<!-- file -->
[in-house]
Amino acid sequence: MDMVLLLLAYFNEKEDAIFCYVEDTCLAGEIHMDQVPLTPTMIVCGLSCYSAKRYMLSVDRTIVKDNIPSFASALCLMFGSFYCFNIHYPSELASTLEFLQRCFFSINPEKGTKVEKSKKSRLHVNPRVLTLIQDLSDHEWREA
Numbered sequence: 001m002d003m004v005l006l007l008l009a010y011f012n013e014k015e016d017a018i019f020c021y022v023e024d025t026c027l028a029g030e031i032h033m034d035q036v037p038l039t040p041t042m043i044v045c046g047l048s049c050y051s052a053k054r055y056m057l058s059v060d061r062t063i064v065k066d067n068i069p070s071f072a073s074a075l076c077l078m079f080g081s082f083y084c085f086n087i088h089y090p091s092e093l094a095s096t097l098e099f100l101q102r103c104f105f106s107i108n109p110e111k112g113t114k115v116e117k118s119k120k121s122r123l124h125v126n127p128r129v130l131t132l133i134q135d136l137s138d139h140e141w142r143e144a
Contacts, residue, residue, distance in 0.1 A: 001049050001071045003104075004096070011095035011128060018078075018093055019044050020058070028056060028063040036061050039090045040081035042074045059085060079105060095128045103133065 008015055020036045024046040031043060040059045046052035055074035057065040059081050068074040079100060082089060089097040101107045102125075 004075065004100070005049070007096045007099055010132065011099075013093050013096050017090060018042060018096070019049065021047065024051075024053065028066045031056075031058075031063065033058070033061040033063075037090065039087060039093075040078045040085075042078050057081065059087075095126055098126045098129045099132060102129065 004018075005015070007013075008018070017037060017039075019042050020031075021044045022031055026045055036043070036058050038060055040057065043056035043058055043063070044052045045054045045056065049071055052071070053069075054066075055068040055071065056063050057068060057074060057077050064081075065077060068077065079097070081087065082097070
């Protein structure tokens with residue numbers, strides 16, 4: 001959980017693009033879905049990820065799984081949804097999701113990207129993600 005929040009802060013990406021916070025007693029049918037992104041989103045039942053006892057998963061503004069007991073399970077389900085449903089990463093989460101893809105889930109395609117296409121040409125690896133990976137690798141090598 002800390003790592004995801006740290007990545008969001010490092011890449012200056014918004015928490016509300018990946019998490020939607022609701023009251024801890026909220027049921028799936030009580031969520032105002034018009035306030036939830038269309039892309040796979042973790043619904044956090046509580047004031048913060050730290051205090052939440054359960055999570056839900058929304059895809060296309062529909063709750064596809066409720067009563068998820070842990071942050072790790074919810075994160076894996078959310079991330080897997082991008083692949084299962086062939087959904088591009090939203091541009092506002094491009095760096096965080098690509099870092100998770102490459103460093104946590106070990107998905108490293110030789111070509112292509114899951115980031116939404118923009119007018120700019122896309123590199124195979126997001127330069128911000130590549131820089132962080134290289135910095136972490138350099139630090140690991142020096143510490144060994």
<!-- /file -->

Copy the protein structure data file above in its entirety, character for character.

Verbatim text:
[in-house]
Amino acid sequence: MDMVLLLLAYFNEKEDAIFCYVEDTCLAGEIHMDQVPLTPTMIVCGLSCYSAKRYMLSVDRTIVKDNIPSFASALCLMFGSFYCFNIHYPSELASTLEFLQRCFFSINPEKGTKVEKSKKSRLHVNPRVLTLIQDLSDHEWREA
Numbered sequence: 001m002d003m004v005l006l007l008l009a010y011f012n013e014k015e016d017a018i019f020c021y022v023e024d025t026c027l028a029g030e031i032h033m034d035q036v037p038l039t040p041t042m043i044v045c046g047l048s049c050y051s052a053k054r055y056m057l058s059v060d061r062t063i064v065k066d067n068i069p070s071f072a073s074a075l076c077l078m079f080g081s082f083y084c085f086n087i088h089y090p091s092e093l094a095s096t097l098e099f100l101q102r103c104f105f106s107i108n109p110e111k112g113t114k115v116e117k118s119k120k121s122r123l124h125v126n127p128r129v130l131t132l133i134q135d136l137s138d139h140e141w142r143e144a
Contacts, residue, residue, distance in 0.1 A: 001049050001071045003104075004096070011095035011128060018078075018093055019044050020058070028056060028063040036061050039090045040081035042074045059085060079105060095128045103133065 008015055020036045024046040031043060040059045046052035055074035057065040059081050068074040079100060082089060089097040101107045102125075 004075065004100070005049070007096045007099055010132065011099075013093050013096050017090060018042060018096070019049065021047065024051075024053065028066045031056075031058075031063065033058070033061040033063075037090065039087060039093075040078045040085075042078050057081065059087075095126055098126045098129045099132060102129065 004018075005015070007013075008018070017037060017039075019042050020031075021044045022031055026045055036043070036058050038060055040057065043056035043058055043063070044052045045054045045056065049071055052071070053069075054066075055068040055071065056063050057068060057074060057077050064081075065077060068077065079097070081087065082097070
């Protein structure tokens with residue numbers, strides 16, 4: 001959980017693009033879905049990820065799984081949804097999701113990207129993600 005929040009802060013990406021916070025007693029049918037992104041989103045039942053006892057998963061503004069007991073399970077389900085449903089990463093989460101893809105889930109395609117296409121040409125690896133990976137690798141090598 002800390003790592004995801006740290007990545008969001010490092011890449012200056014918004015928490016509300018990946019998490020939607022609701023009251024801890026909220027049921028799936030009580031969520032105002034018009035306030036939830038269309039892309040796979042973790043619904044956090046509580047004031048913060050730290051205090052939440054359960055999570056839900058929304059895809060296309062529909063709750064596809066409720067009563068998820070842990071942050072790790074919810075994160076894996078959310079991330080897997082991008083692949084299962086062939087959904088591009090939203091541009092506002094491009095760096096965080098690509099870092100998770102490459103460093104946590106070990107998905108490293110030789111070509112292509114899951115980031116939404118923009119007018120700019122896309123590199124195979126997001127330069128911000130590549131820089132962080134290289135910095136972490138350099139630090140690991142020096143510490144060994």